A life renewed by Mercy

Lying down on a hospital bed, the smell of a mixture of medicine and something indescribable filled Assia’s nostrils. The room was dark, congested and the air was not pleasant.
Assia weaves a basket in a Support Group in C.L.A Mercy Ministry (Photo. Courtesy of the Mercy Homes)
Assia weaves a basket in a Support Group in C.L.A Mercy Ministry (Photo. Courtesy of the Mercy Homes)

Lying down on a hospital bed, the smell of a mixture of medicine and something indescribable filled Assia’s nostrils. The room was dark, congested and the air was not pleasant.

She coughed consistently and her chest was on fire. With every painful outburst, she felt life drain out of her soul as she felt weaker each minute.

Lying next to her was a frail tiny bundle wrapped up in clothing’s. She periodically cried hungrily but Assia could not breastfeed her two-months-old baby girl.

“How do I get out of here with my baby, I used to think,” she narrated during an interview with The New Times.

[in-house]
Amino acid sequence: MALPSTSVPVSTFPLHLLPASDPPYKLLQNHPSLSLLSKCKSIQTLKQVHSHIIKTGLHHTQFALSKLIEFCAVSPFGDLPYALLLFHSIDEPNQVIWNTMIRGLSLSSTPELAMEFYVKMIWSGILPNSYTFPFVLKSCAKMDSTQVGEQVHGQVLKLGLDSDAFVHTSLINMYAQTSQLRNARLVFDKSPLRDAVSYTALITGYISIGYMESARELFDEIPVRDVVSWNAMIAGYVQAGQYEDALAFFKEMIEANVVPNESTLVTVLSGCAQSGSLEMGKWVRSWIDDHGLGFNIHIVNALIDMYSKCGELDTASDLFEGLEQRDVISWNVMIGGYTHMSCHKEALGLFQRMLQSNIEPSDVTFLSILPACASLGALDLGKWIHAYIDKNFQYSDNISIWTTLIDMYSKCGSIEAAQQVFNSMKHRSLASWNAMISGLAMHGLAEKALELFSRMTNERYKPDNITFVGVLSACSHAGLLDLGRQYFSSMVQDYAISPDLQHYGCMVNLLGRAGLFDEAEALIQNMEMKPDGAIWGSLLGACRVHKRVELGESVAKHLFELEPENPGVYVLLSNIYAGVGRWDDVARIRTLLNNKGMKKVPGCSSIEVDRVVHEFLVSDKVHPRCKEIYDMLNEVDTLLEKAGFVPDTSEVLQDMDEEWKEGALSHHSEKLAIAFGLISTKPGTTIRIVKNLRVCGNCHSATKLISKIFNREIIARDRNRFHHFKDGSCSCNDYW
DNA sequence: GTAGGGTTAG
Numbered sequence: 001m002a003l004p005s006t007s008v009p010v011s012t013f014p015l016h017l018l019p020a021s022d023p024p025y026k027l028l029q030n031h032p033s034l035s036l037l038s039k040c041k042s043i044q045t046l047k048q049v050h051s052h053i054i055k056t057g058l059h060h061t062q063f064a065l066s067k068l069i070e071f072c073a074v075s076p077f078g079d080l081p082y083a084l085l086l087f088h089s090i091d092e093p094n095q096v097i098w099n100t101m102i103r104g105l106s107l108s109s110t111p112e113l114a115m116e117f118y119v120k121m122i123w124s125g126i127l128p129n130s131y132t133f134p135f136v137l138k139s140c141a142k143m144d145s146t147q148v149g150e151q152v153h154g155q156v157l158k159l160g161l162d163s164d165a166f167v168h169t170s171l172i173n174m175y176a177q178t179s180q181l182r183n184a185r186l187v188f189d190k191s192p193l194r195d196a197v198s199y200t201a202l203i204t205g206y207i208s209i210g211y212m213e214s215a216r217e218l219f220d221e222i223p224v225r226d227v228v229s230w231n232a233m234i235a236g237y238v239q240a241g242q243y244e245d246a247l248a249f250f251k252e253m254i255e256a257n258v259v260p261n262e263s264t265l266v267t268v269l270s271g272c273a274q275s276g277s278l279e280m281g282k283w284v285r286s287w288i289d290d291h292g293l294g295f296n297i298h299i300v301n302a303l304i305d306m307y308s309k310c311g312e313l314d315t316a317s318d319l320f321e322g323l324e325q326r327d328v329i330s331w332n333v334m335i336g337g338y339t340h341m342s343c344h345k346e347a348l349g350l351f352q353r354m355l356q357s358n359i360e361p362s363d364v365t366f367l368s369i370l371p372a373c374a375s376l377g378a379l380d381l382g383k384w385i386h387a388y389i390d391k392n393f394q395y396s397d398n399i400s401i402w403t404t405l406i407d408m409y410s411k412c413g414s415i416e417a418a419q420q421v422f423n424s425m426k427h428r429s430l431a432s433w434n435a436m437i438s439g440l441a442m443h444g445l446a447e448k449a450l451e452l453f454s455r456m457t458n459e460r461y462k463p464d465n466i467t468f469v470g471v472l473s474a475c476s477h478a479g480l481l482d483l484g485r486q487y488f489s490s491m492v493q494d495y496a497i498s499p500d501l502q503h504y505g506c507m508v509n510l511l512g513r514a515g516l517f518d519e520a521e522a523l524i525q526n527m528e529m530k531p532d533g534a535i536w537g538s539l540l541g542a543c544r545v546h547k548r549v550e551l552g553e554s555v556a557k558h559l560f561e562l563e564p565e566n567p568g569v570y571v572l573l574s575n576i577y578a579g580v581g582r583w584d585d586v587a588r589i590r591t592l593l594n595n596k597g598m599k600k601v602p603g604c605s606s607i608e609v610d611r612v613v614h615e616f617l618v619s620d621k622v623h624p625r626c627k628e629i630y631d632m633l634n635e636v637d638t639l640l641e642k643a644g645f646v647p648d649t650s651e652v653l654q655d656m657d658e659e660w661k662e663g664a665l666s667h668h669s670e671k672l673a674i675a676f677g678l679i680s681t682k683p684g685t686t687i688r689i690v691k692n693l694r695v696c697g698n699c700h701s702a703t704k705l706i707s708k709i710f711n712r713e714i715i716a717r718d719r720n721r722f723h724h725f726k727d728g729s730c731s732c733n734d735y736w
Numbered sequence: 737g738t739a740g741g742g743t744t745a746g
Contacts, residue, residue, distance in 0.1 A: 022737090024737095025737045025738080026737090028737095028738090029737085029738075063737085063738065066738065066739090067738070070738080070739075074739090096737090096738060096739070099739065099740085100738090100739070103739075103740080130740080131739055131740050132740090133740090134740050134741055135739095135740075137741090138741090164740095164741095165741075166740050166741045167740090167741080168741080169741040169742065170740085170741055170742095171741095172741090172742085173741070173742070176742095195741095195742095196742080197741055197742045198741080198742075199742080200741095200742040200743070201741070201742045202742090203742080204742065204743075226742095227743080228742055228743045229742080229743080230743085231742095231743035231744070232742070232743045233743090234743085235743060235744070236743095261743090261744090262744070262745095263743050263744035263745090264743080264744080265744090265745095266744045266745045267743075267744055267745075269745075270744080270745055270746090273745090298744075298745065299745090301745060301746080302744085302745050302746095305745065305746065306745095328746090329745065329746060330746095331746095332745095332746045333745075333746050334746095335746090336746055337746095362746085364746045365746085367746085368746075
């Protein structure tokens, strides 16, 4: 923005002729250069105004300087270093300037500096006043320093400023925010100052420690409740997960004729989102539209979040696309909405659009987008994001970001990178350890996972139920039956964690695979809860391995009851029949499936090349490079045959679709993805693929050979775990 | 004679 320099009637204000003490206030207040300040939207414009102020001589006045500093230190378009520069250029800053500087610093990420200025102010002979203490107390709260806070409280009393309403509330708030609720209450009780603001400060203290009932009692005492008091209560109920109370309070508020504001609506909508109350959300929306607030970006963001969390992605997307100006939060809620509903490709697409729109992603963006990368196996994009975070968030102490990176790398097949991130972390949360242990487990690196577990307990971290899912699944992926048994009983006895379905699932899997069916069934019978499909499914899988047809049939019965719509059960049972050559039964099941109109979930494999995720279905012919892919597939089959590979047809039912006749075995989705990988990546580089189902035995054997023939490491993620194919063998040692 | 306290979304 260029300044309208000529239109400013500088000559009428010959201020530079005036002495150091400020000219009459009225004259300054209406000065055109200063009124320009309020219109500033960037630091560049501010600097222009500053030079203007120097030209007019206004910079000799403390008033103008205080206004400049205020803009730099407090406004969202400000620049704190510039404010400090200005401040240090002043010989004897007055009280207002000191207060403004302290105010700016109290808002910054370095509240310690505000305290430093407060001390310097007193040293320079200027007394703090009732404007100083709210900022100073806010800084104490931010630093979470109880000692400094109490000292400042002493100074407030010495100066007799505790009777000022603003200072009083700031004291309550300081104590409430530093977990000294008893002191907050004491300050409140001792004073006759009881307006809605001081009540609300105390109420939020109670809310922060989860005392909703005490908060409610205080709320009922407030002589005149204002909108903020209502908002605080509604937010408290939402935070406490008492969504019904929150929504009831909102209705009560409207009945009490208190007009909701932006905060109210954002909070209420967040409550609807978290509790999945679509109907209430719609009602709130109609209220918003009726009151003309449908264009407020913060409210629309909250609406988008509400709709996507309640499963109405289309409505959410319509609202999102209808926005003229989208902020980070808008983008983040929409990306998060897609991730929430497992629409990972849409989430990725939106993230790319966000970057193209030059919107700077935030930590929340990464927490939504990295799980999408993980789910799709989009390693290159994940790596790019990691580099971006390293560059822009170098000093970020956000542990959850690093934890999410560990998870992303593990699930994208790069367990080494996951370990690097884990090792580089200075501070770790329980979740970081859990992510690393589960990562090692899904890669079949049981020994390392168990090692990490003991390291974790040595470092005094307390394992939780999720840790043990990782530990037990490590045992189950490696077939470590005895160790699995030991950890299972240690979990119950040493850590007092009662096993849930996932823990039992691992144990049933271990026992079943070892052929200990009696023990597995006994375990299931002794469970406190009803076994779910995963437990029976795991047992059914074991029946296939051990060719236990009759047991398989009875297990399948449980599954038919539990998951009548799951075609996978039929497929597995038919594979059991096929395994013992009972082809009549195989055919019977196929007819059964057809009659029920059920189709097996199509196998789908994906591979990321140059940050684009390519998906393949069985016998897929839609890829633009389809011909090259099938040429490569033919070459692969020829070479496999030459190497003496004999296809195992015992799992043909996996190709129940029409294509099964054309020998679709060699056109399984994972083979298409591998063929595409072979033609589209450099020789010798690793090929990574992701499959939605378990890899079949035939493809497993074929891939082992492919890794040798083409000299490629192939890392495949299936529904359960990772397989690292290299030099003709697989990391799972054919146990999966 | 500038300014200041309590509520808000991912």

This was in 2005 when Assia had just learnt from the doctors that she weighed a mere 27 Kgs because she had Tubeculosis (T.B) a result of an immune system that was weakening because of HIV/Aids.

“There is nothing much we can do,” were the final words the doctor from Kimironko’s Community health centre told Assia. She needed to go home and rest with her baby but Assia had no home.

Harsh childhood

Orphaned by HIV/Aids in 1991 at the age of six, Assia Murorunkwere was an only child who had to find means of survival.

She lived in Rwamagana District, in the Eastern province and as she moved from place to place, through relatives homes, she begged for food and shelter.

She settled for a while at her uncle’s home and everything was going on well for three years.

“Then the rumours and stories of killings across the country started,” she narrated.

 In 1994 Assia was 10-years-old when the Tutsi’s genocide was taking place. Her uncle’s family had to go into hiding and somehow, they were all dispersed. That was the last she heard of this family. Luckily, she survived but with no home to go to.

At 15, Assia says she conceived her first child. Images of the months that followed were those of unspeakable suffering and struggling from things she did not want to share with anyone because they are not worth remembering.